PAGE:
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Hard Brexit looms after latest spat

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The risk of a “no-deal” Brexit has increased since Britain presented new legislation that would undercut its divorce treaty with the European Union, angering the bloc and undermining trade talks.

The EU hopes Britain’s Internal Market Bill put forward on Wednesday will be altered.

Otherwise, both sides are likely to step up contingency planning for an abrupt split at the end of Britain’s post-Brexit transition period ending on Dec. 31.

The Internal Market Bill must pass through both houses of British parliament before becoming law.
The legislation will be debated in principle in the lower house on Monday, and then in detail over four further days. Lawmakers can propose and vote on changes, testing Johnson’s authority and the strength of his 80-seat majority.

A bigger test is expected in the upper chamber, where Johnson’s Conservative Party has no
majority. This stage of debate has not been scheduled yet.

Eyes are also on what progress on defusing the row can be made in coming weeks through a Joint Committee headed by European Commission Vice President Maros Sefcovic and senior British minister Michael Gove.

For trade talks, the EU needs clarity before the next negotiating round on Britain’s state aid plans. Otherwise, it says it will be unable to agree with London on provisions on corporate subsidies to guarantee fair market competition.

Keen to avoid being assigned blame if talks break down, the EU has said it will not walk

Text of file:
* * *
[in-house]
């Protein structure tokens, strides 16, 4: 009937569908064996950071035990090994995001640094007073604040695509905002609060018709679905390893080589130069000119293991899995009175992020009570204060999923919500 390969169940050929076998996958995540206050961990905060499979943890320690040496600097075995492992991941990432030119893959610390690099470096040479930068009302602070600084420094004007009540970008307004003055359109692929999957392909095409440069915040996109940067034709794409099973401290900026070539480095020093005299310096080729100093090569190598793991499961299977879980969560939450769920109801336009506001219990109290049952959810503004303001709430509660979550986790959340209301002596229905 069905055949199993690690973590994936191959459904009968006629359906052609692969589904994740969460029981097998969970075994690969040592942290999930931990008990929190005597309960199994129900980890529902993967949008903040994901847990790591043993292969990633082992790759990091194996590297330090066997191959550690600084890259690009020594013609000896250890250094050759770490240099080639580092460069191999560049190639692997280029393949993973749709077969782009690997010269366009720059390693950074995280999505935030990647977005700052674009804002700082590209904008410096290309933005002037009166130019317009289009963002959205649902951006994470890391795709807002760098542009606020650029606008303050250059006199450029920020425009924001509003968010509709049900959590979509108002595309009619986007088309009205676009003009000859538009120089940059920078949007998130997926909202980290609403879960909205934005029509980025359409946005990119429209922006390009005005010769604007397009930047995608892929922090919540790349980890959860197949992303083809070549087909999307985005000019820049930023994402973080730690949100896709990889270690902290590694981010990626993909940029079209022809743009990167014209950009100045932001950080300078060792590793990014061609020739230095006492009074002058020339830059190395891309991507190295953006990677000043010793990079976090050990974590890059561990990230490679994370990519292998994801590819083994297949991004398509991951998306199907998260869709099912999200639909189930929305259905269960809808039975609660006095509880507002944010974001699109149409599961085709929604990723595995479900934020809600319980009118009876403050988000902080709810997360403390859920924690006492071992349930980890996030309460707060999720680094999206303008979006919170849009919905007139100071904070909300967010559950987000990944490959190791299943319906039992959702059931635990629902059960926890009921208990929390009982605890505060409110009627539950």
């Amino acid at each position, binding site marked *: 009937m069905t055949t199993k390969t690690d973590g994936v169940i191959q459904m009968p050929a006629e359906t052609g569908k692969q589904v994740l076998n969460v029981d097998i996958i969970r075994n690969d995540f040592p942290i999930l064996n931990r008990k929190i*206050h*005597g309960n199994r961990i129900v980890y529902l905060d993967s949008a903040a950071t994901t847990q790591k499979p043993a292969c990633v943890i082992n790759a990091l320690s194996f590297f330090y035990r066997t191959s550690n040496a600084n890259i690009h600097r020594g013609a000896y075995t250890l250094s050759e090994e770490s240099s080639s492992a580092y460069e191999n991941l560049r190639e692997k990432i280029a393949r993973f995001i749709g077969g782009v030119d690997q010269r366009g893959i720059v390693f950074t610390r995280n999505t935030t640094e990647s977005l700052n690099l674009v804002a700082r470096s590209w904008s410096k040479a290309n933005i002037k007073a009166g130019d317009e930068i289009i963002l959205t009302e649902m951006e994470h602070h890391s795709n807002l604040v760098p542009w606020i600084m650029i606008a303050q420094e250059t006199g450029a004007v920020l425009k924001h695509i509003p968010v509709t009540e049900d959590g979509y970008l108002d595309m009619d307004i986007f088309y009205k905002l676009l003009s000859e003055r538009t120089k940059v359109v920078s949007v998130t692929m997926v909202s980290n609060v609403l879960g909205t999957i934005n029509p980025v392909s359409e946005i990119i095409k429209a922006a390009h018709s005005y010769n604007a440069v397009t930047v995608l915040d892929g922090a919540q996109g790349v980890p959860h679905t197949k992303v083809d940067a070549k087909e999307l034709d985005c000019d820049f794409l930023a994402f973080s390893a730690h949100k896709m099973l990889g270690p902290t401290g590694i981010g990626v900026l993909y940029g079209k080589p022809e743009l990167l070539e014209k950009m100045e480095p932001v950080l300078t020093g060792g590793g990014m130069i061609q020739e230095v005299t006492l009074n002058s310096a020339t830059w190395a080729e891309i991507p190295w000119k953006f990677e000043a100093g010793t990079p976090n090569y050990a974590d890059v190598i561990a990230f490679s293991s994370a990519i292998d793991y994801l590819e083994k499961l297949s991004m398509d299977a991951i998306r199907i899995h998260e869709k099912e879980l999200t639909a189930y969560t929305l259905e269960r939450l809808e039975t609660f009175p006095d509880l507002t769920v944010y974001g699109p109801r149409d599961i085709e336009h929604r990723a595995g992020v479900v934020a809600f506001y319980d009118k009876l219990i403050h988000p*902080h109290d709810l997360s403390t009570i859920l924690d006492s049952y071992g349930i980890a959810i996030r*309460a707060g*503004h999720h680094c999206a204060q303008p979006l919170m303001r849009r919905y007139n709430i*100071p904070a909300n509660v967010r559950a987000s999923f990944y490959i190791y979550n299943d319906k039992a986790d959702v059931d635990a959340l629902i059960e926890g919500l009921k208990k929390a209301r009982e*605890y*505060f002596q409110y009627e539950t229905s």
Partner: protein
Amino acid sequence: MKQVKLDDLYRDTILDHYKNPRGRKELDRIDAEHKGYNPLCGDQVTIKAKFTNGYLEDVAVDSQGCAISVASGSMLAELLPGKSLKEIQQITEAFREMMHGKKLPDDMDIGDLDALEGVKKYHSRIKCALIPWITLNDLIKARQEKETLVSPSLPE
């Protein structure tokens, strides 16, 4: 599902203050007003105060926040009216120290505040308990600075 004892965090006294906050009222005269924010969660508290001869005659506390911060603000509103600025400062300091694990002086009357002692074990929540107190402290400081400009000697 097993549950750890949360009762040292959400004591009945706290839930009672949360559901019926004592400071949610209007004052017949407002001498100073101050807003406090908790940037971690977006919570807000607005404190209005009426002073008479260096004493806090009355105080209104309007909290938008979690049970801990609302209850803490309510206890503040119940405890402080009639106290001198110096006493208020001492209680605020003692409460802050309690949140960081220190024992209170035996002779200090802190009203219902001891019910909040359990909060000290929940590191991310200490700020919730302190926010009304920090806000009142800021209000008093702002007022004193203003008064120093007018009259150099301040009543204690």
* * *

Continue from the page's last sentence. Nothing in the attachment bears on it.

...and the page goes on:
away from the table despite the spat over implementing the divorce treaty.

The EU says applying Britain’s Withdrawal Agreement is a separate track from future partnership  negotiations, though controversy around putting the divorce deal into practice weighs on trade talks.

For now, the EU wants to keep on talking to London to try to salvage the new deal and ensure the divorce agreement is honoured.

Disagreements over fisheries, level playing field guarantees of fair competition – including on state aid – and over ways to solve future disputes have been the main stumbling blocks in trade talks.

If there is tentative progress on these issues, the sides could go into “tunnel” talks – more intense and secretive negotiations until mid-October.

That would be unlikely, however, if rancour over Britain’s Internal Market Bill overshadows trade talks.

Prime Minister Boris Johnson has said he wants a deal with the EU by Oct.15, or Britain will leave trade talks and focus on contingency plans for a no-deal economic split from the EU.

The EU has said Brexit negotiators must have a deal ready by the end of October – or the first days of November at the very latest – to allow time for ratification in the European Parliament and many of the bloc’s national assemblies by the end of the year.

Some EU officials acknowledge the bloc might go on talking to Britain after that deadline, but this would greatly reduce the chances of a deal being implemented from 2021, increasing the risks for trade, businesses and citizens on both sides.

Britain’s post-Brexit transition period ends. If there is no new trade deal, close-knit ties will
be severed and the sides will fall back on general World Trade Organization trade
provisions.

That would mean introducing tariffs and quotas for trade exchanges between the EU and Britain from Jan. 1, 2021.

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